Wrong. Again. Like so many times before, the initial news reports out of Dallas on Thursday night and into Friday were inaccurate, the Washington Post reports.. There were two shooters, news people said, and then there were four. The gunmen had “triangulated” police officers guarding a protest march, and had targeted them from an elevated position. Except “they” hadn’t done any such thing. By midday Friday, new facts began to displace the old “facts.” Instead of two or four gunmen, police identified just one, Micah Xavier Johnson, 25, who (reportedly) died when police detonated a bomb sent in to his hiding place via a robot.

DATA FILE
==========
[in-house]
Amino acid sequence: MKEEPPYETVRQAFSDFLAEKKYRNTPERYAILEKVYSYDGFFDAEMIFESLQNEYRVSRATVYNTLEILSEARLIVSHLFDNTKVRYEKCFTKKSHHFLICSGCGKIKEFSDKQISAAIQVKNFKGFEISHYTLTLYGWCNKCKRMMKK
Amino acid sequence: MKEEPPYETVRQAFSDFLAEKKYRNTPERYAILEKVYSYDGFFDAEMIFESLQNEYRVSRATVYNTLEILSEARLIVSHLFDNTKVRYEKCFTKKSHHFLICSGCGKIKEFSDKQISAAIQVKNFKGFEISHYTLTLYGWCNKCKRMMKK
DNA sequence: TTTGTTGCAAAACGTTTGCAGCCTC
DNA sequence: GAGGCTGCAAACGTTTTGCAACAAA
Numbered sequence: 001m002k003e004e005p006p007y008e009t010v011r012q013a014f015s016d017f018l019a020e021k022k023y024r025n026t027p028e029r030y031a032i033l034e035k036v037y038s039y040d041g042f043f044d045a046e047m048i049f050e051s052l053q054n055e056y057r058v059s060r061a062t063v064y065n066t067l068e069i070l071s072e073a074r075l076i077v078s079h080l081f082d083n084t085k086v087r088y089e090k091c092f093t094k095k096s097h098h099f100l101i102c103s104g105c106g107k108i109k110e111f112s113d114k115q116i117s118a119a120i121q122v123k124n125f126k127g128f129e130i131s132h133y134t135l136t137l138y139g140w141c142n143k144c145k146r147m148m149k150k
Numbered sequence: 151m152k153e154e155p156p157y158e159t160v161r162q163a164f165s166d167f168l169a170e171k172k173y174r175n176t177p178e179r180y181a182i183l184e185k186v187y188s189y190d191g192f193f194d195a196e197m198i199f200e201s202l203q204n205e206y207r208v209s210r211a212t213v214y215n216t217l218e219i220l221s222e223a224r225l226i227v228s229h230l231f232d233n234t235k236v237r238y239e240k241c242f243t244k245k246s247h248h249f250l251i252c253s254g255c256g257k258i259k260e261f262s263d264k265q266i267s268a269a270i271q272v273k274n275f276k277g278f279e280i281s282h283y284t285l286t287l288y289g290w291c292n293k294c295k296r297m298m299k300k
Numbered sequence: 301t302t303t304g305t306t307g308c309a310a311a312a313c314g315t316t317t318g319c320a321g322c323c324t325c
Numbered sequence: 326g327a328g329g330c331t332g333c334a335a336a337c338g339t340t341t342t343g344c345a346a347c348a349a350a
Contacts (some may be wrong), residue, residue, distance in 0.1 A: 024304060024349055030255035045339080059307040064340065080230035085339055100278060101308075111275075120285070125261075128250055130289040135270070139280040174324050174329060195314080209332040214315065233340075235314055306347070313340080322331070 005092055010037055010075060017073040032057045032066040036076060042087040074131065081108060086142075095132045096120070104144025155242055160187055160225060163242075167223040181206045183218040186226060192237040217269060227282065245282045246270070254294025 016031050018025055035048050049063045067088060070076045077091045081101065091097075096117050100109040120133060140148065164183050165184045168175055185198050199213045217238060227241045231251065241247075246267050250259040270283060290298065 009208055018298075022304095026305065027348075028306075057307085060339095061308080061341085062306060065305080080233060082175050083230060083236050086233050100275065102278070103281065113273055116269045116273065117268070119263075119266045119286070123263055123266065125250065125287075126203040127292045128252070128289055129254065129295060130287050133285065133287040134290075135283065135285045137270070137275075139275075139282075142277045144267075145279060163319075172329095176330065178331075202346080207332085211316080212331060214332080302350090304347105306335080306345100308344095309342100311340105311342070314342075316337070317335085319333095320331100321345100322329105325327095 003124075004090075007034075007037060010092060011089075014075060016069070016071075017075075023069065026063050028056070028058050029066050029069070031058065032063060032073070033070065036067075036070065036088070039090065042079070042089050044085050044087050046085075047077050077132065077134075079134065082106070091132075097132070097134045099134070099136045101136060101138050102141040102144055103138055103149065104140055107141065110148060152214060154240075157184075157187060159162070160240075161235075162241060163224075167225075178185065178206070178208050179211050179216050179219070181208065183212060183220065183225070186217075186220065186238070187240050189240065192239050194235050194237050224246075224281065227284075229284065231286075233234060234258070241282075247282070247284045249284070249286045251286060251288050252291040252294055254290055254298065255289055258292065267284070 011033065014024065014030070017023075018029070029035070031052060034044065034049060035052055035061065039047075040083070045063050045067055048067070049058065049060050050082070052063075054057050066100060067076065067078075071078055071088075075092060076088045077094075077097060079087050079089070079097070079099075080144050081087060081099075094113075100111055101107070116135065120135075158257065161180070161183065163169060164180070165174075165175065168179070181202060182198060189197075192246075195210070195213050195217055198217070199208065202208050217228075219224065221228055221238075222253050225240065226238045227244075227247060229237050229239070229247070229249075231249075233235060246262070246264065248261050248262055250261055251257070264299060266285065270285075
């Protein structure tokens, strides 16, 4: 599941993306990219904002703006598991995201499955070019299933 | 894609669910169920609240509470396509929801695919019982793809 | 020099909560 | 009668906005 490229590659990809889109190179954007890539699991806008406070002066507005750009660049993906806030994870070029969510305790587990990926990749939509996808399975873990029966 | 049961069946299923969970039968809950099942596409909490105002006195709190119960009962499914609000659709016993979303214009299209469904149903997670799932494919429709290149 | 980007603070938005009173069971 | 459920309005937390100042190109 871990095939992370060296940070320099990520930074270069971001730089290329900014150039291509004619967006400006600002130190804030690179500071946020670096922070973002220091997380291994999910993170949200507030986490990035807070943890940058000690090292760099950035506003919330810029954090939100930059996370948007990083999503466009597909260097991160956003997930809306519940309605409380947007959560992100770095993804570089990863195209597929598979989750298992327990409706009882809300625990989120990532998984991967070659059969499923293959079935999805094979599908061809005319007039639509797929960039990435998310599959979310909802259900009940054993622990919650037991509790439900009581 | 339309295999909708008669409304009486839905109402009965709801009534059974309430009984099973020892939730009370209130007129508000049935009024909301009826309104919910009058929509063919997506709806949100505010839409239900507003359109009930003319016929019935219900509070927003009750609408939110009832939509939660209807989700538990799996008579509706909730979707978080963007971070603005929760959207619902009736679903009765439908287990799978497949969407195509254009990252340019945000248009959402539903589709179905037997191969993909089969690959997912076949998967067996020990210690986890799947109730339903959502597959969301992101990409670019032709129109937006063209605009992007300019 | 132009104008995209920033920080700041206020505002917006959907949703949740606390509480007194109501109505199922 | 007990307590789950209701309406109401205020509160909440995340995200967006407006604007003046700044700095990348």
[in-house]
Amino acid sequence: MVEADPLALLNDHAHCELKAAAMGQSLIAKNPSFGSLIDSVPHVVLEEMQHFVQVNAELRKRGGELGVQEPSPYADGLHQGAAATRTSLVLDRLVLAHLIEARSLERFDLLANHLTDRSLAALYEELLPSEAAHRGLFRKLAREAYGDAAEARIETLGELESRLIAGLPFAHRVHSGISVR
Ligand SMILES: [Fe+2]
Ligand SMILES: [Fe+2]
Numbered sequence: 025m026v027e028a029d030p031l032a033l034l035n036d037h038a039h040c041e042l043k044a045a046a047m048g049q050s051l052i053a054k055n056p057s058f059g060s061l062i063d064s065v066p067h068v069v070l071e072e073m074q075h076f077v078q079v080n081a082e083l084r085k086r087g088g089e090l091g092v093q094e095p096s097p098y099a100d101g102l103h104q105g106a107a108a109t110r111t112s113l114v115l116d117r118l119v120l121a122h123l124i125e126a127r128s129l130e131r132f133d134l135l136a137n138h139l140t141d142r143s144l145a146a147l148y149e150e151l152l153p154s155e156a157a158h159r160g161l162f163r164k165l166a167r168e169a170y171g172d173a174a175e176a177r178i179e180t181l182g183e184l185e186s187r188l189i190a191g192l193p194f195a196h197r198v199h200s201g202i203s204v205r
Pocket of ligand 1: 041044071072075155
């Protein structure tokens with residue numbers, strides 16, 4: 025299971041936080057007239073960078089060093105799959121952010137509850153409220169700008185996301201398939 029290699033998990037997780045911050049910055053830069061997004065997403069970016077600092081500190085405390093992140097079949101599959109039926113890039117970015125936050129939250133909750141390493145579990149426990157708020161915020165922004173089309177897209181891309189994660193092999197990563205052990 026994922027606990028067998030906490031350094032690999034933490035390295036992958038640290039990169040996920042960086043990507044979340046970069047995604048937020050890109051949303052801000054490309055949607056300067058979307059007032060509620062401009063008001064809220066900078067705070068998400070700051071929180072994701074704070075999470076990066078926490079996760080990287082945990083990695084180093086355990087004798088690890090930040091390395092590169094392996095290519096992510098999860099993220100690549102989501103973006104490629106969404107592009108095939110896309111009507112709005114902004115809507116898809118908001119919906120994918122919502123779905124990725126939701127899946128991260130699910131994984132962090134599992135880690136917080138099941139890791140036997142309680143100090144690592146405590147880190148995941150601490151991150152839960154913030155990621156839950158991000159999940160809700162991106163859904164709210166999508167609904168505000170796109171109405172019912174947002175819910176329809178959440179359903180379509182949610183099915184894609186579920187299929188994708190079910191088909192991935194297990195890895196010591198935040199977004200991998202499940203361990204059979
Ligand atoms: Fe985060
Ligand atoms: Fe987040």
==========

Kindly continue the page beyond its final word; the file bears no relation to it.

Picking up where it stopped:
Contemporary media organizations didn’t invent misreporting, but it seems to be a feature of almost every major breaking news event these days, from accidents to natural disasters to the man-made kind. Thanks to the speed and ubiquity of digital media, readers, viewers, and listeners know more than ever about any unfolding incident or disaster. They also know less, thanks to the unfiltered, uncorroborated and just plain inaccurate factoids that poison the news ecosystem like a toxic chemical. It’s not just inaccurate reporting alone; TV news panels and people on social media compound questionable facts by repeating them and speculating about them. “We keep relearning this lesson over and over,” says W. Joseph Campbell, a communications professor at American University and the author of “Getting It Wrong,” a book about epic journalism mistakes. “With any tragedy, you see it again and again.” The problem is easy to diagnose, but difficult to cure, Campbell says. The competitive scramble for news, combined with the “fog of war,” combined with the absence of authoritative fact leads to defective reporting.